Germany: When the pandemic adds fuel to fire
The pandemic has made many social and church problems more visible, but it has also made people more aware of the issues of solidarity and cohesion.
This article is part of our series on the social impact of COVID-19.
The coronavirus crisis has not only restricted social life in Germany, but also put the spotlight on various kinds of problems. An example of this is the extreme staff shortage in the nursing sector. But above all, the pandemic has catapulted the importance of dying with dignity into people’s minds in a drastic way. Before the pandemic, it was probably unthinkable for most people that the situation in Germany could come to such a head: old and sick people could not see their loved ones for a long time, sometimes never again. Many died lonely, without the support of their relatives. Often it was not possible to say goodbye. Consoling church rituals and human closeness were missing. Such events still need emotional and spiritual processing, but also theological reflection in the sense of evoking religious perspectives of comfort and hope.
However, many people in Germany have critically remarked that such a conversation, especially on the part of the Church, was largely lacking during the crisis. The Catholic Church in particular was criticised for communicating Christian hope too little or not convincingly enough to people in need. Instead, discussions about whether and how church services could be celebrated seemed to dominate. Thus, the opportunity to embody Christianity in an authentic and credible way, in order to let the message of the Gospel reach people actively, has altogether been used too little.
Between shock, deceleration, and newfound freedom
At the beginning of the pandemic, many Germans seemed to be in a state of disbelief, some even of shock. In the years before the pandemic, existential problems were viewed by many from a noble distance. It was basically other people who were affected.
With the pandemic, however, this changed abruptly. After all, the virus could affect anyone, which made it particularly feared. The new situation, in which the pace of life slowed down, also seemed to open up new spaces for freedom and reflection. Many discovered how valuable time really is. The carousel of everyday life, which until then had seemed to spin faster and faster, suddenly came to a standstill. Some people found peace and reflection for the first time in years, or even for the first time ever. Locality was rediscovered, but above all also walking in nature, combined with spiritual reflection. 
Winners and losers
Over time, however, it became increasingly apparent that the pandemic would create winners and losers, especially in the field of education. The ‘losers’ were mainly those pupils who came from so-called socially weak and poorer families. They were not well enough equipped technically to participate in distance learning. In addition, without the support of school, they often received less care and encouragement to cooperate.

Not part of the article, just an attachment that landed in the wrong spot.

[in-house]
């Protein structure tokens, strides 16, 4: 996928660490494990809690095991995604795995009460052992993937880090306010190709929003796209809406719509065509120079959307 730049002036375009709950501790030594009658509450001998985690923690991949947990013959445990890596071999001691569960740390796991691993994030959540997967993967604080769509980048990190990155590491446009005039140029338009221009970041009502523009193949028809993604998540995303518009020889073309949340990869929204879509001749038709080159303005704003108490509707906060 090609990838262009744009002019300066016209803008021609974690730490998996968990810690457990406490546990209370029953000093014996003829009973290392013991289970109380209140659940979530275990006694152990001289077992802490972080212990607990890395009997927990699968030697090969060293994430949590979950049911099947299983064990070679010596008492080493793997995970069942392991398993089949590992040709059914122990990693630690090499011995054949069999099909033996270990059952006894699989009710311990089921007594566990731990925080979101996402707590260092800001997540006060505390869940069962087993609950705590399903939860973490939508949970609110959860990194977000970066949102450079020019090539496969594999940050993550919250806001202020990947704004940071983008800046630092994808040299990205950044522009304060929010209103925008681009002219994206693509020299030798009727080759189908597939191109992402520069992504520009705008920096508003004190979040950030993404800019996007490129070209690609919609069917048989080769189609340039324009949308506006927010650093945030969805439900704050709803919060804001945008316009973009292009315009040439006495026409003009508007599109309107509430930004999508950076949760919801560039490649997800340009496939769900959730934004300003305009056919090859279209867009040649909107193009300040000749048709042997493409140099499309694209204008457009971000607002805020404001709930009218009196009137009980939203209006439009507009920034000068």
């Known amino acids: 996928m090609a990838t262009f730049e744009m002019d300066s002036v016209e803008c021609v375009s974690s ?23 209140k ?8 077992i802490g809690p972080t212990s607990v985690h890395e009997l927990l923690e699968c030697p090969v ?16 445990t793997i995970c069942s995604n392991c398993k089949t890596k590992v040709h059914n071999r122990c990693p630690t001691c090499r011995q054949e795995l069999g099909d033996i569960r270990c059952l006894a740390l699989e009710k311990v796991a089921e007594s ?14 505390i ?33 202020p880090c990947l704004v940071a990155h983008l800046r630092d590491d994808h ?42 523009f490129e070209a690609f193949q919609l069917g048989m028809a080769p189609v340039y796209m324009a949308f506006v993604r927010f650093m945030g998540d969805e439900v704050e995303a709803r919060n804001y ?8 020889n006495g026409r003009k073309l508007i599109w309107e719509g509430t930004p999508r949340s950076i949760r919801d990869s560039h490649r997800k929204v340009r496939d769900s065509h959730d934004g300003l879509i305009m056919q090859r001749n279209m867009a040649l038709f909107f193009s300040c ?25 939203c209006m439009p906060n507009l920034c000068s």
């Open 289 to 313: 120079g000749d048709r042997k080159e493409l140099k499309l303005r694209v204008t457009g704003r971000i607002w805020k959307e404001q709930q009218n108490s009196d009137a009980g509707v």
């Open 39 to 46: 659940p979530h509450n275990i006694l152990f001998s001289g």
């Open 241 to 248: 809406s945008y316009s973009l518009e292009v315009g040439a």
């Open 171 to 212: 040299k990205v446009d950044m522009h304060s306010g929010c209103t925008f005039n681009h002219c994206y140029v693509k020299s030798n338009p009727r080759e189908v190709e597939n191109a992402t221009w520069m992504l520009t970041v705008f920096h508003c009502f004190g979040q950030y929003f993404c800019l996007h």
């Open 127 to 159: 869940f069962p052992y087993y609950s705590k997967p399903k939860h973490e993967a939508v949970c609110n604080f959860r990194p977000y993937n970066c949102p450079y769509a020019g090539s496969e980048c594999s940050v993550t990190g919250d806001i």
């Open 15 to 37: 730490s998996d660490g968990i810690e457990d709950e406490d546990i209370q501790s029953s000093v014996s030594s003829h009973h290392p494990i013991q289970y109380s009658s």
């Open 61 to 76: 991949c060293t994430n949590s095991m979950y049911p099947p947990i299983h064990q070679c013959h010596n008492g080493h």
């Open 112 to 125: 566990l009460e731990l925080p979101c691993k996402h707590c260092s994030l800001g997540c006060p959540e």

As far as religious education was concerned, different developments could be observed. On the one hand, it was simply cancelled at many schools. Some school administrators were of the opinion that the subject, effectively superfluous, should take a back seat in favour of the main subjects. In addition, the opportunities offered by religious education were suddenly brought into focus: here were questions about the existential, about meaningfulness, and about a ‘beyond’. These were precisely the questions that emerged as so important during the pandemic.
Parallel worlds: full intensive care units and coronavirus deniers
A split also occurred in the area of medical treatment. While staff in hospitals and care facilities in Germany, already stretched beyond capacity, were pushed to new physical and psychological limits by high numbers of COVID-19 patients, some people did not believe in the existence of the virus or dismissed the pandemic as a kind of cold virus.
The increasing restrictions on freedom through compulsory masks and testing, and closed shops and restaurants, made many Germans angry. They protested. Dealing with the virus, its consequences for people’s personal lives, and for the economy and culture, divided the nation even more. In addition, many no longer knew their way around a jungle of new regulations, the meaningfulness of which was sometimes doubted.
Vaccination advocates and opponents
When various vaccines came on the market, the question arose as to who should get them first. Once again, opinions were divided. Particularly vulnerable people such as the elderly and sick, or the working population? The term ‘systemically relevant’ became the starting point for numerous (ethical) discussions about who belonged to the coveted and recognised group.
For some, however, the new vaccines were not so desirable: quite a few Germans rejected vaccination against the coronavirus on principle. They saw their freedom to decide about their own bodies in danger. Others feared severe side effects with unforeseeable consequences. Once again, the nation was divided. The federal government could not bring itself to make vaccination compulsory. Instead, appeals were made to the population. Some church representatives gave voice to these appeals. Pope Francis and numerous representatives of the churches called on the population to get vaccinated, especially to protect the elderly and vulnerable people. 
The pandemic has made many social and church problems more visible, but it has also made people more aware of the issues of solidarity and cohesion. The latter are essentially important values that are held by all religions. The pandemic situation has highlighted their indispensable importance, but also the necessity of representing these values in a credible way. The churches, at least, have only succeeded to a limited extent.
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